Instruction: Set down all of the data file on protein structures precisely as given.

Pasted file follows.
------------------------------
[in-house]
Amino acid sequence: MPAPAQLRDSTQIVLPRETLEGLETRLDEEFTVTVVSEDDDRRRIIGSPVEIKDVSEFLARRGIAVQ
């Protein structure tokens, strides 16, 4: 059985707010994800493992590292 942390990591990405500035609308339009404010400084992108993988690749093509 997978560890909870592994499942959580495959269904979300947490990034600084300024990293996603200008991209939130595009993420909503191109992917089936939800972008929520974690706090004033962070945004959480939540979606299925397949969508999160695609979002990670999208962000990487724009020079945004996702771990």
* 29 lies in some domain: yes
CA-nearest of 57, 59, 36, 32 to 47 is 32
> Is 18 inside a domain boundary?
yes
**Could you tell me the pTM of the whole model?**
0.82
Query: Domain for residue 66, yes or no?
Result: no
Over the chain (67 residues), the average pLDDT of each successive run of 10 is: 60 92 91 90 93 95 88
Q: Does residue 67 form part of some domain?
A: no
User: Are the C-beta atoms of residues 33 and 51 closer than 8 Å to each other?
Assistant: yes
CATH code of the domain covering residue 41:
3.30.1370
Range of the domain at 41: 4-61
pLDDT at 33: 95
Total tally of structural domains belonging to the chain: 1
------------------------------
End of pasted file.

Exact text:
[in-house]
Amino acid sequence: MPAPAQLRDSTQIVLPRETLEGLETRLDEEFTVTVVSEDDDRRRIIGSPVEIKDVSEFLARRGIAVQ
């Protein structure tokens, strides 16, 4: 059985707010994800493992590292 942390990591990405500035609308339009404010400084992108993988690749093509 997978560890909870592994499942959580495959269904979300947490990034600084300024990293996603200008991209939130595009993420909503191109992917089936939800972008929520974690706090004033962070945004959480939540979606299925397949969508999160695609979002990670999208962000990487724009020079945004996702771990």
* 29 lies in some domain: yes
CA-nearest of 57, 59, 36, 32 to 47 is 32
> Is 18 inside a domain boundary?
yes
**Could you tell me the pTM of the whole model?**
0.82
Query: Domain for residue 66, yes or no?
Result: no
Over the chain (67 residues), the average pLDDT of each successive run of 10 is: 60 92 91 90 93 95 88
Q: Does residue 67 form part of some domain?
A: no
User: Are the C-beta atoms of residues 33 and 51 closer than 8 Å to each other?
Assistant: yes
CATH code of the domain covering residue 41:
3.30.1370
Range of the domain at 41: 4-61
pLDDT at 33: 95
Total tally of structural domains belonging to the chain: 1